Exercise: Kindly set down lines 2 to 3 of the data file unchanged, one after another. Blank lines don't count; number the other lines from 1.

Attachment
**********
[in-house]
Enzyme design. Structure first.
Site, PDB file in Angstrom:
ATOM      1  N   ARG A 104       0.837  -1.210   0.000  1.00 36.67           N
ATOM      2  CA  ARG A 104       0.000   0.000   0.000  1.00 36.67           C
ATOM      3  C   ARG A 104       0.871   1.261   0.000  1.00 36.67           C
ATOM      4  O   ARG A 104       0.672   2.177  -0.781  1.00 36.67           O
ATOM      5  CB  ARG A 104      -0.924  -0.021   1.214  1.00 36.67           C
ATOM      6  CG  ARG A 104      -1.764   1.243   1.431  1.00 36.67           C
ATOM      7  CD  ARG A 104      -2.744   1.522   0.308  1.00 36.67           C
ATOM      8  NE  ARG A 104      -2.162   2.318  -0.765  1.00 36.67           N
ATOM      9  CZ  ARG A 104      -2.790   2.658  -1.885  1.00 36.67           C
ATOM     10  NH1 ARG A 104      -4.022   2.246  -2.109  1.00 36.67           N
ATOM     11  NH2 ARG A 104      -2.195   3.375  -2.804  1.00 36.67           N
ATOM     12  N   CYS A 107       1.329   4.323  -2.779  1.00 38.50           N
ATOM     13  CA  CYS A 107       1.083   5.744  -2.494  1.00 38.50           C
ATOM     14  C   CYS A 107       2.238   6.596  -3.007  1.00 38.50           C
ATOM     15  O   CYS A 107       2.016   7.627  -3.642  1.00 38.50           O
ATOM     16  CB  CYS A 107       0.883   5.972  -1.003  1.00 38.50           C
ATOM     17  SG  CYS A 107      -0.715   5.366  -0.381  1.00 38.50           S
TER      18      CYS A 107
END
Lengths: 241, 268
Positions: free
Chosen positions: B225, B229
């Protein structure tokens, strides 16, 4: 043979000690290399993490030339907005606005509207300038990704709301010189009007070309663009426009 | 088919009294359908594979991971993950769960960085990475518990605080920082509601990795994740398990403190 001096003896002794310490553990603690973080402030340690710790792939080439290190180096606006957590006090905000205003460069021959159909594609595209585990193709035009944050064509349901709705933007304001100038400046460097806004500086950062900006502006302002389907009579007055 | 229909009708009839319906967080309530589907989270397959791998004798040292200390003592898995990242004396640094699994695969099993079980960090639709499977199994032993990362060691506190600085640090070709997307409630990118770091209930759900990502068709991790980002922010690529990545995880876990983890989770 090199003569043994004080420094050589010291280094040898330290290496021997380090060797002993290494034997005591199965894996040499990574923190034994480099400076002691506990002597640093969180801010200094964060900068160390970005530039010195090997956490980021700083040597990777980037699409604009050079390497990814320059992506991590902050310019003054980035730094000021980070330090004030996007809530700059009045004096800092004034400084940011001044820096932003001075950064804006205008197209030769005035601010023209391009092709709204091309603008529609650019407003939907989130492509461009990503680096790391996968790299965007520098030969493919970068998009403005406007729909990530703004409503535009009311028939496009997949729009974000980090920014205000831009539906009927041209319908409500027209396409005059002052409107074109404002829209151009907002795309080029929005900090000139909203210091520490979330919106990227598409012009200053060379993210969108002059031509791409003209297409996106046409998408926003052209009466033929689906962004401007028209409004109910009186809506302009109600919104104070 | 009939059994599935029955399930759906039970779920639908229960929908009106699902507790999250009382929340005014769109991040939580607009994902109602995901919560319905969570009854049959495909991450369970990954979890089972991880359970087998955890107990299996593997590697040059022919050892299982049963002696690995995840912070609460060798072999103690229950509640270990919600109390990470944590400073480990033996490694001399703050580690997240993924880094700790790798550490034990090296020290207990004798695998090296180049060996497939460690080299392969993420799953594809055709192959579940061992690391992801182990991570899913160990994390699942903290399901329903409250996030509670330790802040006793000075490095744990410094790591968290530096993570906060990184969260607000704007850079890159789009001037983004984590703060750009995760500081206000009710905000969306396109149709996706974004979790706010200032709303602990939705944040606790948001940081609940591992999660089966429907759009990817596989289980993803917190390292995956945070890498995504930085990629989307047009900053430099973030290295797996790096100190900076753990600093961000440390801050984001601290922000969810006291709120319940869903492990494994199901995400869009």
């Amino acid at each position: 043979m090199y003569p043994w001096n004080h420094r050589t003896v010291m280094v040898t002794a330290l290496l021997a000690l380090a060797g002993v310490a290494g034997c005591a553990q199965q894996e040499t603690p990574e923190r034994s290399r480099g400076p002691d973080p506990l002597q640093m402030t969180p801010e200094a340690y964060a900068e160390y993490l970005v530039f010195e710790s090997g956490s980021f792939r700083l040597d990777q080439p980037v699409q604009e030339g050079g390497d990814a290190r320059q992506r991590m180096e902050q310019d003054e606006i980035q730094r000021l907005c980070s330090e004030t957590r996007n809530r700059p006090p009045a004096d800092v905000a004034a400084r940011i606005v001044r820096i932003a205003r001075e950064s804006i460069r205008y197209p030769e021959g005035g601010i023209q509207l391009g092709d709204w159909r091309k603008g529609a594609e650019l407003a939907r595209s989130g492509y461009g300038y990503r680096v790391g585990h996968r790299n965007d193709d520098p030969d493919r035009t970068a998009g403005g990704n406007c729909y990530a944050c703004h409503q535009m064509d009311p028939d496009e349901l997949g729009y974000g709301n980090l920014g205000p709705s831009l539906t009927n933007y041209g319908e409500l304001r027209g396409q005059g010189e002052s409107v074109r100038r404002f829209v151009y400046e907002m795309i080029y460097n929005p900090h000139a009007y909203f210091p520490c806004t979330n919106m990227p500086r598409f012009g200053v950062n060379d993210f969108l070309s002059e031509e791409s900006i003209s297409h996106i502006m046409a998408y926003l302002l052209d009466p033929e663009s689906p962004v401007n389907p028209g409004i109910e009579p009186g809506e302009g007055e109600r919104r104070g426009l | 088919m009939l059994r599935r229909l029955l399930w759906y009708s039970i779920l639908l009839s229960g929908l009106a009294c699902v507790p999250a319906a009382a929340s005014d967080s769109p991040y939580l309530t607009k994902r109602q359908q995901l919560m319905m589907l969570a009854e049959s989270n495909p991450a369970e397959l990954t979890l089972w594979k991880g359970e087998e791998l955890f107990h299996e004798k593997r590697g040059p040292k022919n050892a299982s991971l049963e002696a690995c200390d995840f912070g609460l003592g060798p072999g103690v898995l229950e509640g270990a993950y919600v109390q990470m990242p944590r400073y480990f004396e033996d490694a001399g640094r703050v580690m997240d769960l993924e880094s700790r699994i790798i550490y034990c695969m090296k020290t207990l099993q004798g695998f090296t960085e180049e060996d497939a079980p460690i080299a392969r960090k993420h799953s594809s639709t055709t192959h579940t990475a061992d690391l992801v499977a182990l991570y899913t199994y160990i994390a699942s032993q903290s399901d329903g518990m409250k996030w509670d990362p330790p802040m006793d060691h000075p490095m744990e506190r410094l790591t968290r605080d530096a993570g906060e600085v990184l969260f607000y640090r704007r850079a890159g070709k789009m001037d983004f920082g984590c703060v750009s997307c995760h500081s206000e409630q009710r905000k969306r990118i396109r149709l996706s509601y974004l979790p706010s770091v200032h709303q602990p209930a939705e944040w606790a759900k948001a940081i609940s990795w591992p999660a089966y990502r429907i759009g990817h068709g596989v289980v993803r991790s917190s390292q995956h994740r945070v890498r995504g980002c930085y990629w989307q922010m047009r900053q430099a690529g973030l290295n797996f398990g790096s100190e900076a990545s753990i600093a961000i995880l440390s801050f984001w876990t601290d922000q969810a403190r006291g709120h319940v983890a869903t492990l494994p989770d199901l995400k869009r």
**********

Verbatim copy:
Enzyme design. Structure first.
Site, PDB file in Angstrom: